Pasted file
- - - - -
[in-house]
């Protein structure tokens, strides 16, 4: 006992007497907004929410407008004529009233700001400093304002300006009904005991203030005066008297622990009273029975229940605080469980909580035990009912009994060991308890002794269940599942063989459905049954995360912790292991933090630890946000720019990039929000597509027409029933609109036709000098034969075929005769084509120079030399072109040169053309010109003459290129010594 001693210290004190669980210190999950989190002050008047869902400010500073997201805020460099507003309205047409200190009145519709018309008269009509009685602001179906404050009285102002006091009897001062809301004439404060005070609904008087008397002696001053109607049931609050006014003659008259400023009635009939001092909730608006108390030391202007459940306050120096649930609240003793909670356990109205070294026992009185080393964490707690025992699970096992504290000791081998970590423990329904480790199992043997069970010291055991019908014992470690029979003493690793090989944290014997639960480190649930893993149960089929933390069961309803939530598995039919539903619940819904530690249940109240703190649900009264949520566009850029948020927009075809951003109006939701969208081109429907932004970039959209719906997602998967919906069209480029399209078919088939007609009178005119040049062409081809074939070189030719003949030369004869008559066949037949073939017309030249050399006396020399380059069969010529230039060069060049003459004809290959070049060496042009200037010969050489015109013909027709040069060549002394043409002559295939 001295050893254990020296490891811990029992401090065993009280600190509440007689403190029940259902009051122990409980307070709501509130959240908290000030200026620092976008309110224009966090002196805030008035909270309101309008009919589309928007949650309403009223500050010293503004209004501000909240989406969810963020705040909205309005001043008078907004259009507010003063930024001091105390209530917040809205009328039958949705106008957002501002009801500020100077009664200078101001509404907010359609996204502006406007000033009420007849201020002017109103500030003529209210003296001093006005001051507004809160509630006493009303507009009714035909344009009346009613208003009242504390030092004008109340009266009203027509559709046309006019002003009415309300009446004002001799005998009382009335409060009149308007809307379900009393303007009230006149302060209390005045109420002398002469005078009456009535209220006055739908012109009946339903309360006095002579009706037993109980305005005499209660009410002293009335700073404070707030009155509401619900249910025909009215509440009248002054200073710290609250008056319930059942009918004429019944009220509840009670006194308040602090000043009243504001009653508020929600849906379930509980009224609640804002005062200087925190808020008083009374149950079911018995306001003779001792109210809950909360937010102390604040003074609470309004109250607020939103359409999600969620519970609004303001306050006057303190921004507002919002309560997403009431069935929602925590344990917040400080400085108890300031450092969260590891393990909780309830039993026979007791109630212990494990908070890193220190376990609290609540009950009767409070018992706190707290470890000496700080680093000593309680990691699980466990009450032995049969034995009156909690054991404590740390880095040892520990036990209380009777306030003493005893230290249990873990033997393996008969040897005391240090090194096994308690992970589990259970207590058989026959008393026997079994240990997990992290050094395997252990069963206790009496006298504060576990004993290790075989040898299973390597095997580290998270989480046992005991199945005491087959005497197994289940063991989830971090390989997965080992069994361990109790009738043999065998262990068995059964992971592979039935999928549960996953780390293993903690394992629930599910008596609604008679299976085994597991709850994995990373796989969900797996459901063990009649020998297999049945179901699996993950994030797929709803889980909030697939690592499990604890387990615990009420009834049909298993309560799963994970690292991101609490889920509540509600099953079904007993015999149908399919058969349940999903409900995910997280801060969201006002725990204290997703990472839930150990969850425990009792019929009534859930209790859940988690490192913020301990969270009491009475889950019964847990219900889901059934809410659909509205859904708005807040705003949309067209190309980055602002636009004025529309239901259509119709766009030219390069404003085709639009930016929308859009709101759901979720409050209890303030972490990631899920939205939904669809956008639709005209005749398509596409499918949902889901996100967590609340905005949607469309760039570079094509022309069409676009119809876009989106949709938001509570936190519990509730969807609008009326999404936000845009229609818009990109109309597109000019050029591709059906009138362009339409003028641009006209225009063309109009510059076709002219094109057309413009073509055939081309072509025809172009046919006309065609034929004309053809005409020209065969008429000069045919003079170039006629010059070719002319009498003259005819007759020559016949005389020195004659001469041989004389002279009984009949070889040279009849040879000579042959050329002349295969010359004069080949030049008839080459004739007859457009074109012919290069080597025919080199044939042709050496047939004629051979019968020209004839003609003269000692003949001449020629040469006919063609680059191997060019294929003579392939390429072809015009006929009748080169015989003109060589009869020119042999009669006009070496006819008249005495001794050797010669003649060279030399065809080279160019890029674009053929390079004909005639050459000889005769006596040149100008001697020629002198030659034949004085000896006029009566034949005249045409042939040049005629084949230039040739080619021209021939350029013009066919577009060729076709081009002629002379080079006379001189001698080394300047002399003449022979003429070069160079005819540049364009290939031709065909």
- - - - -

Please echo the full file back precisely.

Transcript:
[in-house]
């Protein structure tokens, strides 16, 4: 006992007497907004929410407008004529009233700001400093304002300006009904005991203030005066008297622990009273029975229940605080469980909580035990009912009994060991308890002794269940599942063989459905049954995360912790292991933090630890946000720019990039929000597509027409029933609109036709000098034969075929005769084509120079030399072109040169053309010109003459290129010594 001693210290004190669980210190999950989190002050008047869902400010500073997201805020460099507003309205047409200190009145519709018309008269009509009685602001179906404050009285102002006091009897001062809301004439404060005070609904008087008397002696001053109607049931609050006014003659008259400023009635009939001092909730608006108390030391202007459940306050120096649930609240003793909670356990109205070294026992009185080393964490707690025992699970096992504290000791081998970590423990329904480790199992043997069970010291055991019908014992470690029979003493690793090989944290014997639960480190649930893993149960089929933390069961309803939530598995039919539903619940819904530690249940109240703190649900009264949520566009850029948020927009075809951003109006939701969208081109429907932004970039959209719906997602998967919906069209480029399209078919088939007609009178005119040049062409081809074939070189030719003949030369004869008559066949037949073939017309030249050399006396020399380059069969010529230039060069060049003459004809290959070049060496042009200037010969050489015109013909027709040069060549002394043409002559295939 001295050893254990020296490891811990029992401090065993009280600190509440007689403190029940259902009051122990409980307070709501509130959240908290000030200026620092976008309110224009966090002196805030008035909270309101309008009919589309928007949650309403009223500050010293503004209004501000909240989406969810963020705040909205309005001043008078907004259009507010003063930024001091105390209530917040809205009328039958949705106008957002501002009801500020100077009664200078101001509404907010359609996204502006406007000033009420007849201020002017109103500030003529209210003296001093006005001051507004809160509630006493009303507009009714035909344009009346009613208003009242504390030092004008109340009266009203027509559709046309006019002003009415309300009446004002001799005998009382009335409060009149308007809307379900009393303007009230006149302060209390005045109420002398002469005078009456009535209220006055739908012109009946339903309360006095002579009706037993109980305005005499209660009410002293009335700073404070707030009155509401619900249910025909009215509440009248002054200073710290609250008056319930059942009918004429019944009220509840009670006194308040602090000043009243504001009653508020929600849906379930509980009224609640804002005062200087925190808020008083009374149950079911018995306001003779001792109210809950909360937010102390604040003074609470309004109250607020939103359409999600969620519970609004303001306050006057303190921004507002919002309560997403009431069935929602925590344990917040400080400085108890300031450092969260590891393990909780309830039993026979007791109630212990494990908070890193220190376990609290609540009950009767409070018992706190707290470890000496700080680093000593309680990691699980466990009450032995049969034995009156909690054991404590740390880095040892520990036990209380009777306030003493005893230290249990873990033997393996008969040897005391240090090194096994308690992970589990259970207590058989026959008393026997079994240990997990992290050094395997252990069963206790009496006298504060576990004993290790075989040898299973390597095997580290998270989480046992005991199945005491087959005497197994289940063991989830971090390989997965080992069994361990109790009738043999065998262990068995059964992971592979039935999928549960996953780390293993903690394992629930599910008596609604008679299976085994597991709850994995990373796989969900797996459901063990009649020998297999049945179901699996993950994030797929709803889980909030697939690592499990604890387990615990009420009834049909298993309560799963994970690292991101609490889920509540509600099953079904007993015999149908399919058969349940999903409900995910997280801060969201006002725990204290997703990472839930150990969850425990009792019929009534859930209790859940988690490192913020301990969270009491009475889950019964847990219900889901059934809410659909509205859904708005807040705003949309067209190309980055602002636009004025529309239901259509119709766009030219390069404003085709639009930016929308859009709101759901979720409050209890303030972490990631899920939205939904669809956008639709005209005749398509596409499918949902889901996100967590609340905005949607469309760039570079094509022309069409676009119809876009989106949709938001509570936190519990509730969807609008009326999404936000845009229609818009990109109309597109000019050029591709059906009138362009339409003028641009006209225009063309109009510059076709002219094109057309413009073509055939081309072509025809172009046919006309065609034929004309053809005409020209065969008429000069045919003079170039006629010059070719002319009498003259005819007759020559016949005389020195004659001469041989004389002279009984009949070889040279009849040879000579042959050329002349295969010359004069080949030049008839080459004739007859457009074109012919290069080597025919080199044939042709050496047939004629051979019968020209004839003609003269000692003949001449020629040469006919063609680059191997060019294929003579392939390429072809015009006929009748080169015989003109060589009869020119042999009669006009070496006819008249005495001794050797010669003649060279030399065809080279160019890029674009053929390079004909005639050459000889005769006596040149100008001697020629002198030659034949004085000896006029009566034949005249045409042939040049005629084949230039040739080619021209021939350029013009066919577009060729076709081009002629002379080079006379001189001698080394300047002399003449022979003429070069160079005819540049364009290939031709065909």